By Merle A. Williams
Henry James and the Philosophical Novel breaks clean flooring through analyzing James's specified place as a philosophical novelist, heavily linked to the weather of principles generated through his brother William. It considers storytelling as a style of philosophical enquiry, exhibiting how a variety of distinct thinkers have depended on fictional narrative as a strategy for formulating and clarifying their principles; and investigates (with shut connection with his novels) the affiliations among James's perform as a novelist and modern epistemological, ethical, and linguistic matters.
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It is clear that the 'forms of transcendence' do fly up for her, because she, like the phenomenologist, finds no object completely knowable, with its interest exhaustible. 7 Then there is the fascination of studying the fishermen on the beach and the travellers gathering at the little harbour. Because they assign no positive function to the imagination, because they are too absorbed by the constant round of diverting gratification to wonder, Sir Claude and Mrs Beale eventually find themselves trapped both by each other and by the oppressive nature of their relationship.
What Maisie Knew: the challenge of vision 35 The revolutionary view of the world which the phenomenological reduction produces is carefully elucidated in Merleau-Ponty's essay on Cezanne's achievement. He explains that Cezanne lays bare a reality which defies pre-established expectations: We live in the midst of man-made objects, among tools, in houses, streets, cities, and most of the time we see them only through the human actions which put them to use. We become used to thinking that all of this exists necessarily and unshakeably.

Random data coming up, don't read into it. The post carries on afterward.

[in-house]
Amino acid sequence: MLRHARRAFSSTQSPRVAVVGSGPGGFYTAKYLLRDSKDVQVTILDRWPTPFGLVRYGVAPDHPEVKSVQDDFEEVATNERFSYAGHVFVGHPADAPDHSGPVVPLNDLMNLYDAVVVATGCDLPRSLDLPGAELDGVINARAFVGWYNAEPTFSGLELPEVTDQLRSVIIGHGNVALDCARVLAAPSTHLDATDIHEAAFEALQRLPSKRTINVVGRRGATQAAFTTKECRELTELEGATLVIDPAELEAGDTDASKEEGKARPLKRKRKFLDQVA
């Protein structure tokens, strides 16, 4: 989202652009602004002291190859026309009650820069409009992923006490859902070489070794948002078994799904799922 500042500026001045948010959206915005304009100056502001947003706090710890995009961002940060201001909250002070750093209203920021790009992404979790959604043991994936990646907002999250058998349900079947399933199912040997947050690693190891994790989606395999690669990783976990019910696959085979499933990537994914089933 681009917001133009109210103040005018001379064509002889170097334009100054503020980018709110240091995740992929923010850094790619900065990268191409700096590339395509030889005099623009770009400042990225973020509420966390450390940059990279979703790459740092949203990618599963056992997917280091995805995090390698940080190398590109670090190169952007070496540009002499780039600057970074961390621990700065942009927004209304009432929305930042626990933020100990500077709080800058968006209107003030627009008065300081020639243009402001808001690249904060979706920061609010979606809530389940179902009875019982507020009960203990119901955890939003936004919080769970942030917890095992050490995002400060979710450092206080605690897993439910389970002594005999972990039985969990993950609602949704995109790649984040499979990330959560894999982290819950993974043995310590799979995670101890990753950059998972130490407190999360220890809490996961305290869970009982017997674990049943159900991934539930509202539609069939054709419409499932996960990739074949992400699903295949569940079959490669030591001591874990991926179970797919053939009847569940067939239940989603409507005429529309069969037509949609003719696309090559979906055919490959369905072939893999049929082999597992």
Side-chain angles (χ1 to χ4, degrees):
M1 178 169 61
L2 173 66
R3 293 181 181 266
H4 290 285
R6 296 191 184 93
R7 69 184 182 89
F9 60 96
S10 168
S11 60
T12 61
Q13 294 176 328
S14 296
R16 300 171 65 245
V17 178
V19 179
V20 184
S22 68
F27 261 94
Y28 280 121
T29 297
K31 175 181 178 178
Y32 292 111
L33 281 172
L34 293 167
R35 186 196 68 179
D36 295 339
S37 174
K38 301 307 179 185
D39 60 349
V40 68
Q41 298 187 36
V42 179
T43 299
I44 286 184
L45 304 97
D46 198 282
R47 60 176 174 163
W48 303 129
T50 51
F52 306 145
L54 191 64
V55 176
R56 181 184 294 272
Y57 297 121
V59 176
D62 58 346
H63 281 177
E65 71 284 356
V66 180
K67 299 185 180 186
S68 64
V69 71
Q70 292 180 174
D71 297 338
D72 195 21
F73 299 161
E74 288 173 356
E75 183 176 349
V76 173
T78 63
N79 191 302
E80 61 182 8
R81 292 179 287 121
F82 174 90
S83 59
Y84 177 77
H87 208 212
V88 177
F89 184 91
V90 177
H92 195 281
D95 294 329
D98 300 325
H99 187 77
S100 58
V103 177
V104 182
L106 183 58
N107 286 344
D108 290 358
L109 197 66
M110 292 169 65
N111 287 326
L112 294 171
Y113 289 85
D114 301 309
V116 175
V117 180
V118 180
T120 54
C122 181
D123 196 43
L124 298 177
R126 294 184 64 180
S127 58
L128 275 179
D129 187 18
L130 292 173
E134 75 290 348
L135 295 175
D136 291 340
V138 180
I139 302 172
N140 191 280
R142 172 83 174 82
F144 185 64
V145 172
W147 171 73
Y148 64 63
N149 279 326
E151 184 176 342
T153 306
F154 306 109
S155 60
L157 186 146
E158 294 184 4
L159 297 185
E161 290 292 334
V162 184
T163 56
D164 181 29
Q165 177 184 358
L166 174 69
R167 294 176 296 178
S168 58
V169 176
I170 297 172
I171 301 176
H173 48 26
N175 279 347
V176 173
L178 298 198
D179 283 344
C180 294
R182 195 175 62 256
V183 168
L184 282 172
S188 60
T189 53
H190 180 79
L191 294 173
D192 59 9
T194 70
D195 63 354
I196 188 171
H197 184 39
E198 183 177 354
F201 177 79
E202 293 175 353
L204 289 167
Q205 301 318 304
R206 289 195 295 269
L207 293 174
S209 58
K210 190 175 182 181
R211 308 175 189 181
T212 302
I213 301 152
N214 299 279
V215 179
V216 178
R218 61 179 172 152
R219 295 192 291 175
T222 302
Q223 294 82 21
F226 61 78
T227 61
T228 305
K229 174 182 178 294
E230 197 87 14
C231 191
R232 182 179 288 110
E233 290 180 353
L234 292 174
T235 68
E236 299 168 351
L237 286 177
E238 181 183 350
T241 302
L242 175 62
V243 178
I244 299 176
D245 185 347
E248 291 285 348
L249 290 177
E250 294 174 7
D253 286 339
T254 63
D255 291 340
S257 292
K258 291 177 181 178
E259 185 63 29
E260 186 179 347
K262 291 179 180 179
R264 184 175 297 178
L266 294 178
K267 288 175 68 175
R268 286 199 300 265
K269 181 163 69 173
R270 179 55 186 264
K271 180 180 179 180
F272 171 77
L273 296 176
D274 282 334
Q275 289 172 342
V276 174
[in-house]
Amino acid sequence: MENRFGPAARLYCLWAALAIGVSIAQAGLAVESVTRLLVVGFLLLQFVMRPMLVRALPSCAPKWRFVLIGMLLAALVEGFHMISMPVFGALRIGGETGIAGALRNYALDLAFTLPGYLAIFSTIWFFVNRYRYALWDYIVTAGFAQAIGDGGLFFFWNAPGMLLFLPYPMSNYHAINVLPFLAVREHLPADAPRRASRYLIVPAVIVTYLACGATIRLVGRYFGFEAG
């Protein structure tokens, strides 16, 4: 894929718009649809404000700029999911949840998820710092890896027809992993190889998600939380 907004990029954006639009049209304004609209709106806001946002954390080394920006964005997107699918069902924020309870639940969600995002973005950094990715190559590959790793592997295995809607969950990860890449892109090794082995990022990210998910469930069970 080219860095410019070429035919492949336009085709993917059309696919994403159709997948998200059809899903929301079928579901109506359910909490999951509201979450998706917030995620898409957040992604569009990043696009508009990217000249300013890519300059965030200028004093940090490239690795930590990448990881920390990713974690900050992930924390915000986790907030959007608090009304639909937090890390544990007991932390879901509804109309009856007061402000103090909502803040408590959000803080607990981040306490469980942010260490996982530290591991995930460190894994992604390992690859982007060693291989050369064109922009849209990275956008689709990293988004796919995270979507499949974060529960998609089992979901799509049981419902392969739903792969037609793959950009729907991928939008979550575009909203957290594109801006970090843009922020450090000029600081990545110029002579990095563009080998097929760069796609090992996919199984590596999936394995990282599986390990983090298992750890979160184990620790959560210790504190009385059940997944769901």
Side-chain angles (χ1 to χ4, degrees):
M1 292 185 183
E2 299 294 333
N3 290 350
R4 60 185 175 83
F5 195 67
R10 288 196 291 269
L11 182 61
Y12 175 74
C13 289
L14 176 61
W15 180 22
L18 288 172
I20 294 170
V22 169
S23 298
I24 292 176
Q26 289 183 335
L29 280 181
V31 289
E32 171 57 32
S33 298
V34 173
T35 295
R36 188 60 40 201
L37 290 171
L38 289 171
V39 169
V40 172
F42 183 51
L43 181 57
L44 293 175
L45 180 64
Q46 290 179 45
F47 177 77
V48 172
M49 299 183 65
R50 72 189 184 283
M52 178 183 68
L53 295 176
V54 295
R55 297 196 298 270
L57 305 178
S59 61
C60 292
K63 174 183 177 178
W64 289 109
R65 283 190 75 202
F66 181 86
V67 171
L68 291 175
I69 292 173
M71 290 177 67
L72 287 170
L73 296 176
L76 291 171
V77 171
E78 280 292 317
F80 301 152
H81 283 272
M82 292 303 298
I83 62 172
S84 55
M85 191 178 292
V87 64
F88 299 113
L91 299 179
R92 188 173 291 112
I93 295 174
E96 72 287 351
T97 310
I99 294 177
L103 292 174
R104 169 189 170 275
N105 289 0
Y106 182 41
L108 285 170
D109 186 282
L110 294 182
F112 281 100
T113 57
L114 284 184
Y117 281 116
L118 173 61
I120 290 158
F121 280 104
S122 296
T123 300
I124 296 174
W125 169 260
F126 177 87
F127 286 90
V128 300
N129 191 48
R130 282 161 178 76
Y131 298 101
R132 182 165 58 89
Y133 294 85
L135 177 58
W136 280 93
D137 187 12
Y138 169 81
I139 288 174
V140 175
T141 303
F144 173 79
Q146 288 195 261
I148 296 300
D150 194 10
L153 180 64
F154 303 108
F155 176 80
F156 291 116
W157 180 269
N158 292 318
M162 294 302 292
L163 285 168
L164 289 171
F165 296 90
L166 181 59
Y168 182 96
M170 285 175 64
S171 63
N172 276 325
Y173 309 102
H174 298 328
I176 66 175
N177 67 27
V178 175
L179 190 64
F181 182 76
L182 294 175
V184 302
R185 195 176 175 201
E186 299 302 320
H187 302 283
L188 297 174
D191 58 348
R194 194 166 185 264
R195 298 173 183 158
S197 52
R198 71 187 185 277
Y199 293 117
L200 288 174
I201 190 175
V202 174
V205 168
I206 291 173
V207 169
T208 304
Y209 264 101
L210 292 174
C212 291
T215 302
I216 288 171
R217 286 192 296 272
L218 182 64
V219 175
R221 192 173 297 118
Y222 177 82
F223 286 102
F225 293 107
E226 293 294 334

Versfeld contends that ' moralism is the morality of false guilt, the morality of taboos, of legalism, of sheer convention, of the domination of man from the outside'. 14 This seems a reasonable description of Mrs Wix's standpoint. James consistently presents a character who is haunted by the ideal of respectability, whose ' moral sense' is founded on the adherence to strict rules, on guilty fears, and on the identification and punishment of crimes. Her judgement of Mrs Beale is so summary not simply because she dislikes Maisie's stepmother, but because Mrs Beale has broken the rules of approved social conduct - and the external standard proves decisive.